Most people suffer from headaches at various points in their lives, and according to the World Health Organization, headaches affect about 50% of the world’s adults. Some people may have trouble differentiating between a headache and a migraine, which is a chronic illness.
Therefore, what is the difference between the two?
A headache is a nagging pain in the head that can vary from slight to severe and can last from 30 minutes to a week. It usually occurs on both sides of the head and can include areas such as the front and back, and it falls into two broad categories:
Primary headache, which first includes tension headaches that can be either occasional or chronic. Episodic seizures last several hours, whereas chronic seizures can last 15 days or more, and the cause of these headaches is often sleep deprivation or eye strain. second, cluster headache that lasts between 15 minutes and 3 hours. It occurs suddenly from one to eight times a day and over weeks to months, and often causes severe pain in general in or around the eye. Third, sleep headache, which is a rare type of headache called also, alarm headache because it awakens the patient from sleep at night. Symptoms include mild to moderate heartbeat pain on both sides of the head, nausea, and sensitivity to light. And lastly, migraine, which is a kind of primary headache, but has other symptoms more serious than a headache, known as seizures. It causes severe pain and generally affects one side of the head and can last from a few hours to many days. Migraine is caused by noise, brightness, hormonal changes, certain types of food or drugs, sleep disorders and stress. It can lead to blurred vision, nausea, sensory impairment and numbness of the limbs.
There are three major kinds of migraine. Migraine without aura, in fact, according to the National Institute of Neurological Disorders and Stroke, approximately one in three people has aura-free migraines that cause strong pain and heartbeat on one side of the head and usually lasts between 4-72 hours. Abdominal migraine, which generally affects children between 3 and 10 years of age, causes abdominal pain, nausea and vomiting. And hemiplegic migraine, a rare type of migraine, causes temporary paralysis before or during the headache. Other symptoms can include difficulty speaking, swallowing and moving on one side of the body.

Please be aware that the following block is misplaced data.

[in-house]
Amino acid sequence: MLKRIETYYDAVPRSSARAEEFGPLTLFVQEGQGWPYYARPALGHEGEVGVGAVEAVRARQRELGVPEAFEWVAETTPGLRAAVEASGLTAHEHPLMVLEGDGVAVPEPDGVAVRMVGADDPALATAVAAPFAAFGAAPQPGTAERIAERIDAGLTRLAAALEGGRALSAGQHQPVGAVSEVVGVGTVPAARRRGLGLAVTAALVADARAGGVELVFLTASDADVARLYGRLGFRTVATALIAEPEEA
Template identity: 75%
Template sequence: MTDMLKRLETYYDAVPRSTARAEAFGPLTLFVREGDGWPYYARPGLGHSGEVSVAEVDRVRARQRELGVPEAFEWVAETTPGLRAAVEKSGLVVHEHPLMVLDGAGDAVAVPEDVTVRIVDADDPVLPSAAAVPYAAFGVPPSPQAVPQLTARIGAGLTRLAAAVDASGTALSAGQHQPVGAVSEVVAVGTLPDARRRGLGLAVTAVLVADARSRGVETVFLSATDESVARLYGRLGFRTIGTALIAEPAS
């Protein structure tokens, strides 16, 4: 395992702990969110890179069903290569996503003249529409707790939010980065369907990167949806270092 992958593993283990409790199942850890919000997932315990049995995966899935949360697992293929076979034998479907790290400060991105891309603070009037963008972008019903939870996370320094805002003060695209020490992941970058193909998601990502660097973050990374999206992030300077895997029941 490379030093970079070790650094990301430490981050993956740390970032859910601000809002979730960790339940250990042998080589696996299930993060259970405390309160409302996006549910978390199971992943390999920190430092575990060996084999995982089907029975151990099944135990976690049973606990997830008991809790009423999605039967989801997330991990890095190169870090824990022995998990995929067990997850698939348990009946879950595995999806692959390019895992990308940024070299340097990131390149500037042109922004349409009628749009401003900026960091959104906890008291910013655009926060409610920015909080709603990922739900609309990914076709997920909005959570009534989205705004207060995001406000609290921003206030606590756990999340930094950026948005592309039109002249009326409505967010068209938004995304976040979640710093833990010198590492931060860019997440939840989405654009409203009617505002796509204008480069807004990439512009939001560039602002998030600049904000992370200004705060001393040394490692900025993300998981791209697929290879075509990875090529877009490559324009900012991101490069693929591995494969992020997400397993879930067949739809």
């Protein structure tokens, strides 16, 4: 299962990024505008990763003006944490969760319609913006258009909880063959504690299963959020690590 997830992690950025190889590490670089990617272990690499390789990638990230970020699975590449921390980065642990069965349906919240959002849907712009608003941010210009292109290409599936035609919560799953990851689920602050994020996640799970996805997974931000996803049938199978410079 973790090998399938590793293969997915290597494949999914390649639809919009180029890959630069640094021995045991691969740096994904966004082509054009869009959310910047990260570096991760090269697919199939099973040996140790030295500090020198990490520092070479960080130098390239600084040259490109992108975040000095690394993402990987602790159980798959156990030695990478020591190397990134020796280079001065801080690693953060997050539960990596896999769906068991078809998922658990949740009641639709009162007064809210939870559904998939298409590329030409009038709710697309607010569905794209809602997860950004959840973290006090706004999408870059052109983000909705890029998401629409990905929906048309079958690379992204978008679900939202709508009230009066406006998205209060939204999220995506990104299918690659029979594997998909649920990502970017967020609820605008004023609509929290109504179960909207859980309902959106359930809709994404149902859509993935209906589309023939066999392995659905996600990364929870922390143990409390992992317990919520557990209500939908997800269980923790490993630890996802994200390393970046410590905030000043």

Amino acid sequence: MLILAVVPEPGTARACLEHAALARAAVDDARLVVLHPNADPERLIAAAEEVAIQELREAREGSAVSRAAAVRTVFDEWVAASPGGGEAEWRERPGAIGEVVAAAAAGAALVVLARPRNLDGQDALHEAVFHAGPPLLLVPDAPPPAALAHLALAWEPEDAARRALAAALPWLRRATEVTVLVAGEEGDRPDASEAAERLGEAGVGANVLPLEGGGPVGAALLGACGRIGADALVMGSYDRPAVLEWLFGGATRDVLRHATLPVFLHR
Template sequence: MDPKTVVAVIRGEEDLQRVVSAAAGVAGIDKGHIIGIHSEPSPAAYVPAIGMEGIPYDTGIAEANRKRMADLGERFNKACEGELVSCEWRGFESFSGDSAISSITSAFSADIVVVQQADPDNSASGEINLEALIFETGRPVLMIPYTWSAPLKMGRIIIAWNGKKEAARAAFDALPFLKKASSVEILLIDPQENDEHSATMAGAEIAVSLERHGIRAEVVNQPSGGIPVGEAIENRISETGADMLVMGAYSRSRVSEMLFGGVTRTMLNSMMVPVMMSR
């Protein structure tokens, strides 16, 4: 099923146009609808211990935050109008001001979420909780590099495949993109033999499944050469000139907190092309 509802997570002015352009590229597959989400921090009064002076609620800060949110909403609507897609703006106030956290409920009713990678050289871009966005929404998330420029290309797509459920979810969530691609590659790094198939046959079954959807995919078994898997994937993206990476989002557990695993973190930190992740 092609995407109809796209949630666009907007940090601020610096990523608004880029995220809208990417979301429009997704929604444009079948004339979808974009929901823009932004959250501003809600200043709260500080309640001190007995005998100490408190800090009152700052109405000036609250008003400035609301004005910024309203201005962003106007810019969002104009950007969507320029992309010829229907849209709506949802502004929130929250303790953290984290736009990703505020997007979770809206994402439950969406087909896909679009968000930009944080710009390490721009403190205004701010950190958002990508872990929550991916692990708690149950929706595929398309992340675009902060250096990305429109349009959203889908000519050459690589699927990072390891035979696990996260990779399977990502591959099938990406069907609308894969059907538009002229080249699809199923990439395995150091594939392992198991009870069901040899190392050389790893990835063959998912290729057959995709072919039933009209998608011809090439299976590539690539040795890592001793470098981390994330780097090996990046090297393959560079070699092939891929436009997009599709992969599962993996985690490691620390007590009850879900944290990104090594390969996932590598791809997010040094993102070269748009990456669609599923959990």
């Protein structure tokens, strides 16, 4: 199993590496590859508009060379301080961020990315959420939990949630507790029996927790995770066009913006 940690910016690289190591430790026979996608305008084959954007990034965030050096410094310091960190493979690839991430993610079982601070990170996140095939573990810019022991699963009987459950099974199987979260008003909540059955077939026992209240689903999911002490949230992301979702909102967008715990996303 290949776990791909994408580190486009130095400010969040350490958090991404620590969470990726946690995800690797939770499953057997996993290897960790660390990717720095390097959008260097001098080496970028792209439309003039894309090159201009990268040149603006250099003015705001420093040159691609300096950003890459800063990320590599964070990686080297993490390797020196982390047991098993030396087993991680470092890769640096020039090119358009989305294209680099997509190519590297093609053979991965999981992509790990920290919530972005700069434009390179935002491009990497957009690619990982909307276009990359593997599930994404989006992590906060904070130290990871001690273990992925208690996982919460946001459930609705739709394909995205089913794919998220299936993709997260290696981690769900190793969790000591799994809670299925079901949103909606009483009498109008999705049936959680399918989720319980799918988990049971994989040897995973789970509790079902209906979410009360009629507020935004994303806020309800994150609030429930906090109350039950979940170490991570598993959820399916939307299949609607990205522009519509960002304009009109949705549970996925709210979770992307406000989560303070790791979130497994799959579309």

As for secondary headaches, they happen when another condition stimulates the nerves susceptible to pain in the head. Among the most common causes are alcohol, cerebral tumours and blood clots.
There are several types of secondary headaches, such as rebound headaches that are caused by reflux or overuse of drugs to treat symptoms of headaches. It usually begins early in the day and lasts all day. It can cause neck pain, insomnia, a feeling of nasal congestion and lack of sleep. Thunder headache, which is a sudden and severe headache that peaks in less than a minute and lasts longer than 5 minutes. It is often caused by intracerebral haemorrhage, cerebral venous thrombosis, aneurysm, meningitis or stroke. Sinus headache arises from one of the symptoms associated with sinusitis, such as swelling caused by a bacterial infection or an allergy in the sinuses. Its main symptoms include slight pain around the eyes, cheeks and forehead, as well as a thick yellow or green discharge. And finally, a caffeine headache that results from consuming large amounts of caffeine or after a sudden halt to drink large amounts of coffee for more than two weeks. His symptoms include tiredness, loss of concentration and mood swings.
The most common treatment for a headache is pain relief, and there is also a generic over-the-counter pain drug. In the case of migraine headaches, prevention is often the best treatment. This includes a dietary change, such as the elimination of alcohol and caffeine, as well as the use of prescription drugs such as antidepressants and anti-nausea medications.